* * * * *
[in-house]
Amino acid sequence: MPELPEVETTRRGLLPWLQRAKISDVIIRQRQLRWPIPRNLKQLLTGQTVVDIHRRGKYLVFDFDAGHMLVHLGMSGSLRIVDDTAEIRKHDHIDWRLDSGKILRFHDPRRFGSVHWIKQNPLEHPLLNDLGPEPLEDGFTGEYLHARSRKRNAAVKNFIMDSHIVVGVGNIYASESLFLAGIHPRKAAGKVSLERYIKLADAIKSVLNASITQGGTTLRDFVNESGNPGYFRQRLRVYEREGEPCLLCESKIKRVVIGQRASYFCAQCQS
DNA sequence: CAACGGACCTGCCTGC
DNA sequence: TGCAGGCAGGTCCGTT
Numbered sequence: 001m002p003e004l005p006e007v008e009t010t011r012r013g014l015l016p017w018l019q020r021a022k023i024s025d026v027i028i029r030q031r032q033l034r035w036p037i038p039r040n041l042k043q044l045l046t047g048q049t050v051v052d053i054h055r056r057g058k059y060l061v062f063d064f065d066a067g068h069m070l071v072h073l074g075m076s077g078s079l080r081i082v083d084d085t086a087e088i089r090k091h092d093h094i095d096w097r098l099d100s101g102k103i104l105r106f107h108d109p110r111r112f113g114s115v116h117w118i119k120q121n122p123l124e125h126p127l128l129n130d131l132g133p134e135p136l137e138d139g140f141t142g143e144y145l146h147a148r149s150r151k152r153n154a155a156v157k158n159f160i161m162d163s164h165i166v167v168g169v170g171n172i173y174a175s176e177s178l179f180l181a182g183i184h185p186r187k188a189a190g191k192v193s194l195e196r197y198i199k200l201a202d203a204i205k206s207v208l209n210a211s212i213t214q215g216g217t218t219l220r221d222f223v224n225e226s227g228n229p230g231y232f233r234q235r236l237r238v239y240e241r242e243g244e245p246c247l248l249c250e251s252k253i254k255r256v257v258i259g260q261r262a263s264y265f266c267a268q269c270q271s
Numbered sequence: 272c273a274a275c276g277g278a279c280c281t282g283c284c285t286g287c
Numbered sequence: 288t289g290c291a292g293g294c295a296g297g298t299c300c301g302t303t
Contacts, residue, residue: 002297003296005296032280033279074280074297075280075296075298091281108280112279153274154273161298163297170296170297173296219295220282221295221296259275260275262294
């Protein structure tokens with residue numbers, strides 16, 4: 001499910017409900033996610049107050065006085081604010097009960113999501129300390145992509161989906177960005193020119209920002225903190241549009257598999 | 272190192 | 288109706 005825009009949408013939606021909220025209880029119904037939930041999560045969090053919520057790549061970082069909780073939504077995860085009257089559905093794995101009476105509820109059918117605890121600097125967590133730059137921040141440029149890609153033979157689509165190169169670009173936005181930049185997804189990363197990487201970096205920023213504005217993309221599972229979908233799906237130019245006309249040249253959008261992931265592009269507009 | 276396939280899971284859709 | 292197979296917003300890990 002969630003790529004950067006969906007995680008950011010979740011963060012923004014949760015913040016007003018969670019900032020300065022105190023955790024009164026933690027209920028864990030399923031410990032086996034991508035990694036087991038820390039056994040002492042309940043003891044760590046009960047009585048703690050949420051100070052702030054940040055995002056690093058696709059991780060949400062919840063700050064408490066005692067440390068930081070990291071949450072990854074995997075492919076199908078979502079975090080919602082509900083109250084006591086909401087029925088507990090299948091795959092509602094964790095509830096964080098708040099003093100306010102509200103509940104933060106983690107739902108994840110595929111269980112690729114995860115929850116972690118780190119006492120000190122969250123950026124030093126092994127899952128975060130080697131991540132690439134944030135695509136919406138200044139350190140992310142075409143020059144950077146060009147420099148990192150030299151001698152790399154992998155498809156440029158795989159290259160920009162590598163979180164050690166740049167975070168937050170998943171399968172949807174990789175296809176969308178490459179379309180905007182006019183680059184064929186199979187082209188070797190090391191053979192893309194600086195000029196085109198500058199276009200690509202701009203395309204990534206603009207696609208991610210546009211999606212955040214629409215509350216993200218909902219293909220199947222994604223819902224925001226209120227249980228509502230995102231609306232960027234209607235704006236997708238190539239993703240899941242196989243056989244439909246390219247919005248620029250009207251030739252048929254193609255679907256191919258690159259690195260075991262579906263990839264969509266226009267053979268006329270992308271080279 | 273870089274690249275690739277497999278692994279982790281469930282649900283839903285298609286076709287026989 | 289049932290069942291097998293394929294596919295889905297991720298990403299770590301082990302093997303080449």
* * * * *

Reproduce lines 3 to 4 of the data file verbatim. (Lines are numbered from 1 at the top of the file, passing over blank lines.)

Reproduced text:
DNA sequence: CAACGGACCTGCCTGC
DNA sequence: TGCAGGCAGGTCCGTT